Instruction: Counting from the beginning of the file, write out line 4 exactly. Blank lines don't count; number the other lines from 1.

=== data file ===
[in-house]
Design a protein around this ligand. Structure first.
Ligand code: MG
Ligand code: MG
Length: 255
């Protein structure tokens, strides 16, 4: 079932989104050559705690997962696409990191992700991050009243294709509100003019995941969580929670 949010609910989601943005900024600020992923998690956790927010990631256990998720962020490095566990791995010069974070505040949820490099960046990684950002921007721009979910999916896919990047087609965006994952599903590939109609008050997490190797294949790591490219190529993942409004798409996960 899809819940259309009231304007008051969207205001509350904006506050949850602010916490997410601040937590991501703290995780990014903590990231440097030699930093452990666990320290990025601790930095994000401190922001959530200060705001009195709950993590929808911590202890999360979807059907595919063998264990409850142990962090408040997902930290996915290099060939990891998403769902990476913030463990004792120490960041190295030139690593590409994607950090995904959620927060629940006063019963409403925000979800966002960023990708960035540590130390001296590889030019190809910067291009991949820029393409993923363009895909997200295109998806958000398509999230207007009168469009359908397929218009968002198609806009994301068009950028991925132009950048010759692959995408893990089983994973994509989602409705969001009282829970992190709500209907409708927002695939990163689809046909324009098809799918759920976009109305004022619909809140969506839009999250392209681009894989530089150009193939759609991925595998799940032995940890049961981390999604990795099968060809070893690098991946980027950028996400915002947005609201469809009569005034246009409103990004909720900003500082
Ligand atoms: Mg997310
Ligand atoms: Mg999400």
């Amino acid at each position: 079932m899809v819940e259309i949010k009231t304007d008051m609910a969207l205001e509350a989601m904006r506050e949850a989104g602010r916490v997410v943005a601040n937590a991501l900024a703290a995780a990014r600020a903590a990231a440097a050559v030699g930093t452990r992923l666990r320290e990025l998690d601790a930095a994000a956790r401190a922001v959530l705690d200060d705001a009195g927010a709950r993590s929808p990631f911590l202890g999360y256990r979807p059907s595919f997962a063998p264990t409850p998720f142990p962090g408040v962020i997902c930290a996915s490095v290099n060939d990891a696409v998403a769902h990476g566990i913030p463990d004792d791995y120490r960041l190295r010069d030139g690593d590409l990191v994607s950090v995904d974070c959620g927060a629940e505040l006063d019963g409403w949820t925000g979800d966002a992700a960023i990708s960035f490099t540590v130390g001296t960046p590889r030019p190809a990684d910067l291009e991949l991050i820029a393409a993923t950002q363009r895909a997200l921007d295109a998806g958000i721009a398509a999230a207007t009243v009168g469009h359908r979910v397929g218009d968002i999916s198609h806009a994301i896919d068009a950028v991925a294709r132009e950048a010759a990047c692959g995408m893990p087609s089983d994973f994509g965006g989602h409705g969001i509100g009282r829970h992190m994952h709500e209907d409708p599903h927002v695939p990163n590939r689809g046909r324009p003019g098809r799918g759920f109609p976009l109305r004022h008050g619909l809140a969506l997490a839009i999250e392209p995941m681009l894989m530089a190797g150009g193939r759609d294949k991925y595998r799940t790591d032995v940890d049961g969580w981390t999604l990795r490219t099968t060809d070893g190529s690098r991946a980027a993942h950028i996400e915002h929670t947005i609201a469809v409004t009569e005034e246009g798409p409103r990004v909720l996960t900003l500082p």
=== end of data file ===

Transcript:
Ligand code: MG